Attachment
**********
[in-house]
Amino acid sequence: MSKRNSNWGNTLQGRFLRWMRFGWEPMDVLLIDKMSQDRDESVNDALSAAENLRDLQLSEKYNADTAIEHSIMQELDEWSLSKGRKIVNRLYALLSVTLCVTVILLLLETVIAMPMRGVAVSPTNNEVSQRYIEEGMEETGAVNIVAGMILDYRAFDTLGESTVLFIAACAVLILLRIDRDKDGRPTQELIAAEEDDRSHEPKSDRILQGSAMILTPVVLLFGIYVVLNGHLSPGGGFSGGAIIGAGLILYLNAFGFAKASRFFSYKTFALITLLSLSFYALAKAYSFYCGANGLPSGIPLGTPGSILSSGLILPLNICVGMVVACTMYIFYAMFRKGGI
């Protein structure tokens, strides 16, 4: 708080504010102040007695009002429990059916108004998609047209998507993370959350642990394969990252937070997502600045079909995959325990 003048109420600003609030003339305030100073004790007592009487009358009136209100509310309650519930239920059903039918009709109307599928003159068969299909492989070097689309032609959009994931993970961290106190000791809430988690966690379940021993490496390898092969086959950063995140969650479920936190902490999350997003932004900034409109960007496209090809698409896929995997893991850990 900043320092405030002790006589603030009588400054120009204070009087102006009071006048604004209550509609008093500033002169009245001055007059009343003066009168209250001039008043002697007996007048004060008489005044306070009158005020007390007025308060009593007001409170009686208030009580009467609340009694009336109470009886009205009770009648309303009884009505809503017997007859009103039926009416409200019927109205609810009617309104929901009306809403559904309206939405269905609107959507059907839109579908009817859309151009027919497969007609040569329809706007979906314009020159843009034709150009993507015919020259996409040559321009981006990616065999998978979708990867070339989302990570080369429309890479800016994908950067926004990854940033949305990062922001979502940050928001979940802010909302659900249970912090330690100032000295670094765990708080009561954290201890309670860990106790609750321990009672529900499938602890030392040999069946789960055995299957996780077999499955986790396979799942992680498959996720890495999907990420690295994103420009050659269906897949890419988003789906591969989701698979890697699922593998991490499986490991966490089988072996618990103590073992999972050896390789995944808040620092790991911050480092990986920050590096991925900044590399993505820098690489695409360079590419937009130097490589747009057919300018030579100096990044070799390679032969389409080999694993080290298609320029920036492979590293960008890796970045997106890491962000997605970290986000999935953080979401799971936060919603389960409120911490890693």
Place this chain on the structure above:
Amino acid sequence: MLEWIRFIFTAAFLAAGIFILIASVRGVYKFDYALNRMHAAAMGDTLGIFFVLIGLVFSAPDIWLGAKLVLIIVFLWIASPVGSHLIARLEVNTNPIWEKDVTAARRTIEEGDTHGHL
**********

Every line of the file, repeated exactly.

[in-house]
Amino acid sequence: MSKRNSNWGNTLQGRFLRWMRFGWEPMDVLLIDKMSQDRDESVNDALSAAENLRDLQLSEKYNADTAIEHSIMQELDEWSLSKGRKIVNRLYALLSVTLCVTVILLLLETVIAMPMRGVAVSPTNNEVSQRYIEEGMEETGAVNIVAGMILDYRAFDTLGESTVLFIAACAVLILLRIDRDKDGRPTQELIAAEEDDRSHEPKSDRILQGSAMILTPVVLLFGIYVVLNGHLSPGGGFSGGAIIGAGLILYLNAFGFAKASRFFSYKTFALITLLSLSFYALAKAYSFYCGANGLPSGIPLGTPGSILSSGLILPLNICVGMVVACTMYIFYAMFRKGGI
């Protein structure tokens, strides 16, 4: 708080504010102040007695009002429990059916108004998609047209998507993370959350642990394969990252937070997502600045079909995959325990 003048109420600003609030003339305030100073004790007592009487009358009136209100509310309650519930239920059903039918009709109307599928003159068969299909492989070097689309032609959009994931993970961290106190000791809430988690966690379940021993490496390898092969086959950063995140969650479920936190902490999350997003932004900034409109960007496209090809698409896929995997893991850990 900043320092405030002790006589603030009588400054120009204070009087102006009071006048604004209550509609008093500033002169009245001055007059009343003066009168209250001039008043002697007996007048004060008489005044306070009158005020007390007025308060009593007001409170009686208030009580009467609340009694009336109470009886009205009770009648309303009884009505809503017997007859009103039926009416409200019927109205609810009617309104929901009306809403559904309206939405269905609107959507059907839109579908009817859309151009027919497969007609040569329809706007979906314009020159843009034709150009993507015919020259996409040559321009981006990616065999998978979708990867070339989302990570080369429309890479800016994908950067926004990854940033949305990062922001979502940050928001979940802010909302659900249970912090330690100032000295670094765990708080009561954290201890309670860990106790609750321990009672529900499938602890030392040999069946789960055995299957996780077999499955986790396979799942992680498959996720890495999907990420690295994103420009050659269906897949890419988003789906591969989701698979890697699922593998991490499986490991966490089988072996618990103590073992999972050896390789995944808040620092790991911050480092990986920050590096991925900044590399993505820098690489695409360079590419937009130097490589747009057919300018030579100096990044070799390679032969389409080999694993080290298609320029920036492979590293960008890796970045997106890491962000997605970290986000999935953080979401799971936060919603389960409120911490890693």
Place this chain on the structure above:
Amino acid sequence: MLEWIRFIFTAAFLAAGIFILIASVRGVYKFDYALNRMHAAAMGDTLGIFFVLIGLVFSAPDIWLGAKLVLIIVFLWIASPVGSHLIARLEVNTNPIWEKDVTAARRTIEEGDTHGHL